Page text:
Groton Schools Superintendent Paul Kadri said after discussions with state education officials, it’s clear there’s no fixing the racial imbalance at Catherine Kolnaski Magnet School short of re-districting.
“We’ve had several conversations,” Kadri said, and now the plan is to “reach out to the architect to begin the next round of calculations on re-districting.”
Kadri recently outlined redistricting proposals that would shift some kids from their neighborhood schools to fix the imbalance at Kolnaski.
The Board of Education had hoped to seek a waiver of the state’s racial balance rules, but following the conversation with Connecticut State Board of Education Legal and Governmental Affairs attorney Laura Anastasio, not only is there no waiver, but there is little to no wiggle room for correcting the imbalance in more creative ways.
For example, board member Chaz Zezulka questioned if students moving in and out of district and from school to school might be a way to correct racial imbalances.
“Is there any way, as a system, to keep track on a monthly basis to keep track of our numbers? We know we have populations that change month to month.”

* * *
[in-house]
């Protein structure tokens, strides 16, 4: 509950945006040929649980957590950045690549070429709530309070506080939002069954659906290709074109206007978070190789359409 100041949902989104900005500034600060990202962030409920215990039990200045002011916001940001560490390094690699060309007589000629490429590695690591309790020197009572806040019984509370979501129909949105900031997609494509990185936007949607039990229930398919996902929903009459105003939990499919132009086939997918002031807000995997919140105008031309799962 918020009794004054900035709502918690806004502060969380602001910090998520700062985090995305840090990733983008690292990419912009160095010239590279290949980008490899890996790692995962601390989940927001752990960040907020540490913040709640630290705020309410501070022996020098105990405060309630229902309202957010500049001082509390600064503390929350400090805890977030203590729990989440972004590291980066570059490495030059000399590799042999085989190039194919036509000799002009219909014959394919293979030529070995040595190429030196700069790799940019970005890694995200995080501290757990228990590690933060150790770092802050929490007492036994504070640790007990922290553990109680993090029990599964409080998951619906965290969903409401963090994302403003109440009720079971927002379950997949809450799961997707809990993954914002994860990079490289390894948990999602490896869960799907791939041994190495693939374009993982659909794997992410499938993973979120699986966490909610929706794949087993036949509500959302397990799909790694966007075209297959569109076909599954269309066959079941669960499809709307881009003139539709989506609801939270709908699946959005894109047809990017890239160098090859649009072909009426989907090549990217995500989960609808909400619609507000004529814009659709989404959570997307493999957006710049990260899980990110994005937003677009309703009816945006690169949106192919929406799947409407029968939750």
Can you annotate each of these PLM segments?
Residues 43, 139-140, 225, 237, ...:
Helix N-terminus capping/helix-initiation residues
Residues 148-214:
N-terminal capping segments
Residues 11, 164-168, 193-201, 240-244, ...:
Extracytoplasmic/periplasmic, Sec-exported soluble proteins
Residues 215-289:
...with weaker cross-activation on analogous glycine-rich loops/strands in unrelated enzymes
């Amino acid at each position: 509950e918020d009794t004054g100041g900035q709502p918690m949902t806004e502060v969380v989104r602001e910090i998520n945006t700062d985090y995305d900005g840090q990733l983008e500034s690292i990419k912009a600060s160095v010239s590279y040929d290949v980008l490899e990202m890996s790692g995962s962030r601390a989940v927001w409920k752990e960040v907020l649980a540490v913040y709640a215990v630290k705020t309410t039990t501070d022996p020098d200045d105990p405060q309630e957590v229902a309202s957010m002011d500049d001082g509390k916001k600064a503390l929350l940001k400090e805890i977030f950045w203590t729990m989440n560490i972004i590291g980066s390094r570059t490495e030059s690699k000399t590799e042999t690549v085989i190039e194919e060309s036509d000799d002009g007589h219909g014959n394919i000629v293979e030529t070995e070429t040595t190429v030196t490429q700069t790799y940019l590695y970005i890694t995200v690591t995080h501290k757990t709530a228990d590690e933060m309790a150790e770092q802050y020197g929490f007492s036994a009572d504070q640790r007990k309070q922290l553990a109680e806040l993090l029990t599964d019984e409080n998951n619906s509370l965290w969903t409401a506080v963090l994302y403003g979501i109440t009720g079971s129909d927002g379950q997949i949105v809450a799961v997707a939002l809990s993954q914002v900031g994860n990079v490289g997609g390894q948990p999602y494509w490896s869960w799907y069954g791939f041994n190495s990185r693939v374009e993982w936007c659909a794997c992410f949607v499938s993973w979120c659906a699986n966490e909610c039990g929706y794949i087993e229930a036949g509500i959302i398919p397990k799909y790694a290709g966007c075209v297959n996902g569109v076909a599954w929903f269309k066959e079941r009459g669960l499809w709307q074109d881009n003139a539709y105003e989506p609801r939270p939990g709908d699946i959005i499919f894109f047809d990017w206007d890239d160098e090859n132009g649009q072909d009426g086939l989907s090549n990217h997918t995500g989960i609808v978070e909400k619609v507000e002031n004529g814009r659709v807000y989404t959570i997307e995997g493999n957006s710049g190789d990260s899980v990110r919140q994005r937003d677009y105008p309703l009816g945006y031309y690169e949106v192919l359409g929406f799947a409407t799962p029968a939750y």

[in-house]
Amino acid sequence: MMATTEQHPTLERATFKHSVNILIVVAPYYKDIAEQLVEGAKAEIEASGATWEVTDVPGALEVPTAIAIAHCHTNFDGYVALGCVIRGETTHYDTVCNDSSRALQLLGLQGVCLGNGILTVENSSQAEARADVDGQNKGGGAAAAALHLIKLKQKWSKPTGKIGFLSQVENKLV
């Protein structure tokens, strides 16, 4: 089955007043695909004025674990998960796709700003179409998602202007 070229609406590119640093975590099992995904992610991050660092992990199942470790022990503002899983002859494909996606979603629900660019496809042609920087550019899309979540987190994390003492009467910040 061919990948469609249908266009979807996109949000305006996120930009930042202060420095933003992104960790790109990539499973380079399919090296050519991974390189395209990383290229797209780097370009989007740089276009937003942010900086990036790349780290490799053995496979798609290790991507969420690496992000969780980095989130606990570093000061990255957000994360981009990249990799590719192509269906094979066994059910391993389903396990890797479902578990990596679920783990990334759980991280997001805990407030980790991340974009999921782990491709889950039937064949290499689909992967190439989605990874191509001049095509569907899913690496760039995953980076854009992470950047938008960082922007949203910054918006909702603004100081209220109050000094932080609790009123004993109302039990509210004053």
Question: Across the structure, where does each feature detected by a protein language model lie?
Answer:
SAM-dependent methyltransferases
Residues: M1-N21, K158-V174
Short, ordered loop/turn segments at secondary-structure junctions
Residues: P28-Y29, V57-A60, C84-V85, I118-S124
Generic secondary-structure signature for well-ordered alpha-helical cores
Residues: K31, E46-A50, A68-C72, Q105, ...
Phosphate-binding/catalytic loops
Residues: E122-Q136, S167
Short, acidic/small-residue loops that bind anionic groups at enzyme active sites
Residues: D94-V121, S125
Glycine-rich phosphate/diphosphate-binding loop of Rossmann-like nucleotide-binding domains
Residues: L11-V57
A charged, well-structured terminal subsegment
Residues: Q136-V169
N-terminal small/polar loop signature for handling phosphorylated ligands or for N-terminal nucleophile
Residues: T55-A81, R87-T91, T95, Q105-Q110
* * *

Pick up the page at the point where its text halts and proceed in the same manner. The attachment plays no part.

School board member Kim Watson said that she was part of the conversation with Anastasio.
“I left the meeting thinking how creative we could be to (achieve) a racial balance, but (Anastasio) said ‘absolutely not.’ She said it ‘would be nice, really nice, but no.’”
According to Kadri, the formula for achieving a racial balance “is taking the percentage of white and non-white students across grade levels, calculate the percentage of white and non-white and if you’re 25% above or below that average, you’re out of compliance.” As is the case at Kolnaski where he said, “several months ago it was in the 20s.”
But BOE chair Kirsten Hoyt said “there’s a population of students that need that school.”
“You’d have to add 100 to 120 students into that school (to make it work),” she said.
Kadri also suggested that making re-districting work and securing a complaint racial balance and requisite diversity could help the district in other ways.
“This governor has an 80 to 85 percent reimbursement on (school) construction that (addresses) racial diversity,” Kadri said, adding that a legislator told him, ‘Don’t wait Groton, if you’re interested.’”